Public invited to take on under-threat Dorset libraries

Julian Fellowes
Image caption Lord Fellowes has backed a campaign to keep the libraries open

Communities have been invited to take over 20 under-threat libraries in Dorset to save them from closures.

The county council plans to shut 20 of its 34 sites to save £800,000 by 2012.

The move has sparked protests from residents, who won the backing of Oscar-winning screenwriter Julian Fellowes.

The council has now invited communities to register their interest to take over the sites, with support from the authority, by 8 June.

The proposals are due to be debated by full council in July.

The council said it is offering to provide books, computers, self-service facilities and staffing expertise to support local communities which want to take over responsibility for their library building.

The authority believes the move would still save the required £800,000 by April 2012 while keeping the facilities open.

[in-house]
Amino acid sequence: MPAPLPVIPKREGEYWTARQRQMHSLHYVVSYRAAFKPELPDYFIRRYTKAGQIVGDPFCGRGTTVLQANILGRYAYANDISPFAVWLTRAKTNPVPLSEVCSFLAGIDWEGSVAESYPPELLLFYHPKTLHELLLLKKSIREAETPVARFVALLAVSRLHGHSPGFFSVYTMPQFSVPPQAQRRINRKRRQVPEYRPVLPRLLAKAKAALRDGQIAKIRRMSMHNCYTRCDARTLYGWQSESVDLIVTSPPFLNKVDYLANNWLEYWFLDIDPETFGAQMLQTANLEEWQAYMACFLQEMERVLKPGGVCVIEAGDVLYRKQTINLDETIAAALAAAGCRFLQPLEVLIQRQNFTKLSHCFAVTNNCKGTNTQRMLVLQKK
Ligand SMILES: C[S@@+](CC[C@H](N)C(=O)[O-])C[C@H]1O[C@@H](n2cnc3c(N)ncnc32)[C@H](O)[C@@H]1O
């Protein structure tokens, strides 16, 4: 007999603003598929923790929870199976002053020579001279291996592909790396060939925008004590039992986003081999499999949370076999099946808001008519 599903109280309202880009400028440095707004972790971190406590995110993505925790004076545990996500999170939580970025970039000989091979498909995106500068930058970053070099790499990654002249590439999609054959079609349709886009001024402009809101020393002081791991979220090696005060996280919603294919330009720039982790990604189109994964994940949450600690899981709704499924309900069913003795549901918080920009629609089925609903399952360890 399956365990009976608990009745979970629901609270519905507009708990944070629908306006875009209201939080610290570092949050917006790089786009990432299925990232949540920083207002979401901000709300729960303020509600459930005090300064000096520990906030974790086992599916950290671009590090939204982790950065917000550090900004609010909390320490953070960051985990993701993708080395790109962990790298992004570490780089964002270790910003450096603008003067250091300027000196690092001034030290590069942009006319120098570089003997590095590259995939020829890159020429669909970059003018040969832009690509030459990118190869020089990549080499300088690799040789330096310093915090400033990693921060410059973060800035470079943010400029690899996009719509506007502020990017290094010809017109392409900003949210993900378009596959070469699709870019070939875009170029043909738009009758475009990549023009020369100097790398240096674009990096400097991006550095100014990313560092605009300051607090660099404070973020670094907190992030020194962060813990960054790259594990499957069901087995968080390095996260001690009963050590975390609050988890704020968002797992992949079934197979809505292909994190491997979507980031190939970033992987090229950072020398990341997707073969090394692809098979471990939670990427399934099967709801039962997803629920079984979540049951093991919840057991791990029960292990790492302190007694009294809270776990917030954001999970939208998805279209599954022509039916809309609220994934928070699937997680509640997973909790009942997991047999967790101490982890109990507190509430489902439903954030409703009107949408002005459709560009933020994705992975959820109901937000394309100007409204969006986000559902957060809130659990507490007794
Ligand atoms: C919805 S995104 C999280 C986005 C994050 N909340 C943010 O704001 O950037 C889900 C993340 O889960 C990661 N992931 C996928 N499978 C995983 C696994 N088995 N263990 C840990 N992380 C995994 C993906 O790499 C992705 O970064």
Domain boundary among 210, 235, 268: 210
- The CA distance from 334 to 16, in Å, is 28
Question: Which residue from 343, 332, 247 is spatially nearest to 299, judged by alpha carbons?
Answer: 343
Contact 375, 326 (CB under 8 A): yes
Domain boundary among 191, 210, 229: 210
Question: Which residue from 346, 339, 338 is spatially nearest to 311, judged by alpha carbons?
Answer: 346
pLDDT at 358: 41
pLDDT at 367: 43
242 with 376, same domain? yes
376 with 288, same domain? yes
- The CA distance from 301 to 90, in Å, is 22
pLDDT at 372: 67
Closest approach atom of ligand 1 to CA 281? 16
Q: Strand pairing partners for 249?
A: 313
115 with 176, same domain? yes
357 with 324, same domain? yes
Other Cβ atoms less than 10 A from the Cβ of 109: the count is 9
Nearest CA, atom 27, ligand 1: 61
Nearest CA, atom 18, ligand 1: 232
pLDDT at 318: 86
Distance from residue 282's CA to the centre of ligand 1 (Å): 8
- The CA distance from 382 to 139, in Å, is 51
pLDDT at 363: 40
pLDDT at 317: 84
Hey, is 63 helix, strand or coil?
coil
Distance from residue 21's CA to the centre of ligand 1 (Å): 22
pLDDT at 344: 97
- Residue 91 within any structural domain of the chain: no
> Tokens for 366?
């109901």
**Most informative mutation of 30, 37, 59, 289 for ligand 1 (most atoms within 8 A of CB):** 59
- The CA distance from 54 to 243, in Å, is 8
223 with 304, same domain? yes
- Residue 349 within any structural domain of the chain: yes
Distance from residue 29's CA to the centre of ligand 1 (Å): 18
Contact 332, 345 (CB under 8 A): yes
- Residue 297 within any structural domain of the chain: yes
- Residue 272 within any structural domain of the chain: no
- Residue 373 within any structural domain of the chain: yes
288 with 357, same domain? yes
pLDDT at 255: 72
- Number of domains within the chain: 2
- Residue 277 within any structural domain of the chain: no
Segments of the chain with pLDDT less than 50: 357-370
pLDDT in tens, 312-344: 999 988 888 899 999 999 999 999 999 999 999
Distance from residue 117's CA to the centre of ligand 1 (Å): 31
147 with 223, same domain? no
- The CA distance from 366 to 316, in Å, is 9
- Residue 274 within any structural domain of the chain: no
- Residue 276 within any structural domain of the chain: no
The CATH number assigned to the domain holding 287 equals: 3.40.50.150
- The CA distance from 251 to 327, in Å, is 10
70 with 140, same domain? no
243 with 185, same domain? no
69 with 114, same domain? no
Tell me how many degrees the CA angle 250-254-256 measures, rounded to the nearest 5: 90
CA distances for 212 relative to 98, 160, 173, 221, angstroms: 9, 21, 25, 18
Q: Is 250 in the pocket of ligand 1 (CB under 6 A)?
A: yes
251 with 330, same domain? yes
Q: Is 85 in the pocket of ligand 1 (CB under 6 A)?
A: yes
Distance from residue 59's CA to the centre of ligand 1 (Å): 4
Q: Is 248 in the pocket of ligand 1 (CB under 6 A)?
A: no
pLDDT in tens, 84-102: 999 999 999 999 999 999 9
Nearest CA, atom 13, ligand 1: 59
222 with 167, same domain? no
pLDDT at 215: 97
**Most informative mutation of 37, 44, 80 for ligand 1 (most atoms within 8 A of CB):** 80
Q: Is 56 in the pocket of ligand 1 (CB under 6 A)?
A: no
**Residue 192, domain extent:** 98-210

Debbie Ward, director for adult and community services at the council, said: "We have listened carefully to what local communities have had to say, specifically about the kind of help they would need to make this approach work.

"Once councillors have considered the response to this, along with feedback from the wider public consultation, we will hold further, more detailed discussions with communities over the summer and into early autumn."

Under the terms of this agreement, communities would take responsibility for managing and running their library building, but they would be able to use it for a range of other events, activities and organisations outside of library opening hours.

An independent building would also be able to levy charges for use and retain income for services.

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